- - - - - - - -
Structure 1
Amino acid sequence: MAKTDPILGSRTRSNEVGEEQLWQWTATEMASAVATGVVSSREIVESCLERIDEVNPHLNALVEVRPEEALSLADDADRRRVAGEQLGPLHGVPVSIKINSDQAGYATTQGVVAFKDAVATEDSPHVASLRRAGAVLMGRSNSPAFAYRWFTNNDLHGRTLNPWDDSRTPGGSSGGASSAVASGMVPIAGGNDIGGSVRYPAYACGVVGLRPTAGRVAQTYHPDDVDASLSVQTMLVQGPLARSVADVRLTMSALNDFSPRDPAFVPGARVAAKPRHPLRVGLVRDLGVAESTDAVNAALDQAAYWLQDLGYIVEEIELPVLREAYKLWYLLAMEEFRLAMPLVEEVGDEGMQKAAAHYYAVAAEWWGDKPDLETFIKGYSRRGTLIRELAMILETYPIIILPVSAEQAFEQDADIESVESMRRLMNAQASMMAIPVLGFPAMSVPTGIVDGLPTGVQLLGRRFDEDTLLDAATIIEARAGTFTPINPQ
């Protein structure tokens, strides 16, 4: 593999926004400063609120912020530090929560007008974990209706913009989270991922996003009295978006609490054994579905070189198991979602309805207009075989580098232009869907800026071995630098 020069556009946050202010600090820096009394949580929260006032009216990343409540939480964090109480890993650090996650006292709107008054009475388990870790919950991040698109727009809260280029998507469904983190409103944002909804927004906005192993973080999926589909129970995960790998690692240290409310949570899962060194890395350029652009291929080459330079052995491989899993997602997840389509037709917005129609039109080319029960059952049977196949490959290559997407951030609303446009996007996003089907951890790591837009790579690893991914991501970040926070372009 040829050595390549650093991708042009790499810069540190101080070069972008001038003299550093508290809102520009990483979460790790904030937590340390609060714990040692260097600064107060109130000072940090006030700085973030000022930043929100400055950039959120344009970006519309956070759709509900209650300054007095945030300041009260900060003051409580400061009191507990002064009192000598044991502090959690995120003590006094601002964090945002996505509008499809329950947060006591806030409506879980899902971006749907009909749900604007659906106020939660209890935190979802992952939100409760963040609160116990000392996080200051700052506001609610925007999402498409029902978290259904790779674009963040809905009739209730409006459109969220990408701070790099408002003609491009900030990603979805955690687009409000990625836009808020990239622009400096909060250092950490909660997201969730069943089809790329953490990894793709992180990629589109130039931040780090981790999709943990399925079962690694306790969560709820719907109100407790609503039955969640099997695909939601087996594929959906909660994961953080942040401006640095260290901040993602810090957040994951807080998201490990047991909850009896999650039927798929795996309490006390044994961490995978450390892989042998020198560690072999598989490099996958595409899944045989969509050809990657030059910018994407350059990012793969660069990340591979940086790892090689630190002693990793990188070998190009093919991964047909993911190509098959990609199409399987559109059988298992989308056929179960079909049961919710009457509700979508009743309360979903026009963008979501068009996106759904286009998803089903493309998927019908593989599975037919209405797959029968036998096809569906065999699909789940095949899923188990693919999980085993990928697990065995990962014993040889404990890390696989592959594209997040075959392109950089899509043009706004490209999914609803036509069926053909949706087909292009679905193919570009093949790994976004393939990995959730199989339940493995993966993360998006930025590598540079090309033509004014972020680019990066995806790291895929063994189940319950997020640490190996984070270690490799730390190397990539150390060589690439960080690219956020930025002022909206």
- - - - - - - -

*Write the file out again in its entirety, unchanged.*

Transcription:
Structure 1
Amino acid sequence: MAKTDPILGSRTRSNEVGEEQLWQWTATEMASAVATGVVSSREIVESCLERIDEVNPHLNALVEVRPEEALSLADDADRRRVAGEQLGPLHGVPVSIKINSDQAGYATTQGVVAFKDAVATEDSPHVASLRRAGAVLMGRSNSPAFAYRWFTNNDLHGRTLNPWDDSRTPGGSSGGASSAVASGMVPIAGGNDIGGSVRYPAYACGVVGLRPTAGRVAQTYHPDDVDASLSVQTMLVQGPLARSVADVRLTMSALNDFSPRDPAFVPGARVAAKPRHPLRVGLVRDLGVAESTDAVNAALDQAAYWLQDLGYIVEEIELPVLREAYKLWYLLAMEEFRLAMPLVEEVGDEGMQKAAAHYYAVAAEWWGDKPDLETFIKGYSRRGTLIRELAMILETYPIIILPVSAEQAFEQDADIESVESMRRLMNAQASMMAIPVLGFPAMSVPTGIVDGLPTGVQLLGRRFDEDTLLDAATIIEARAGTFTPINPQ
């Protein structure tokens, strides 16, 4: 593999926004400063609120912020530090929560007008974990209706913009989270991922996003009295978006609490054994579905070189198991979602309805207009075989580098232009869907800026071995630098 020069556009946050202010600090820096009394949580929260006032009216990343409540939480964090109480890993650090996650006292709107008054009475388990870790919950991040698109727009809260280029998507469904983190409103944002909804927004906005192993973080999926589909129970995960790998690692240290409310949570899962060194890395350029652009291929080459330079052995491989899993997602997840389509037709917005129609039109080319029960059952049977196949490959290559997407951030609303446009996007996003089907951890790591837009790579690893991914991501970040926070372009 040829050595390549650093991708042009790499810069540190101080070069972008001038003299550093508290809102520009990483979460790790904030937590340390609060714990040692260097600064107060109130000072940090006030700085973030000022930043929100400055950039959120344009970006519309956070759709509900209650300054007095945030300041009260900060003051409580400061009191507990002064009192000598044991502090959690995120003590006094601002964090945002996505509008499809329950947060006591806030409506879980899902971006749907009909749900604007659906106020939660209890935190979802992952939100409760963040609160116990000392996080200051700052506001609610925007999402498409029902978290259904790779674009963040809905009739209730409006459109969220990408701070790099408002003609491009900030990603979805955690687009409000990625836009808020990239622009400096909060250092950490909660997201969730069943089809790329953490990894793709992180990629589109130039931040780090981790999709943990399925079962690694306790969560709820719907109100407790609503039955969640099997695909939601087996594929959906909660994961953080942040401006640095260290901040993602810090957040994951807080998201490990047991909850009896999650039927798929795996309490006390044994961490995978450390892989042998020198560690072999598989490099996958595409899944045989969509050809990657030059910018994407350059990012793969660069990340591979940086790892090689630190002693990793990188070998190009093919991964047909993911190509098959990609199409399987559109059988298992989308056929179960079909049961919710009457509700979508009743309360979903026009963008979501068009996106759904286009998803089903493309998927019908593989599975037919209405797959029968036998096809569906065999699909789940095949899923188990693919999980085993990928697990065995990962014993040889404990890390696989592959594209997040075959392109950089899509043009706004490209999914609803036509069926053909949706087909292009679905193919570009093949790994976004393939990995959730199989339940493995993966993360998006930025590598540079090309033509004014972020680019990066995806790291895929063994189940319950997020640490190996984070270690490799730390190397990539150390060589690439960080690219956020930025002022909206």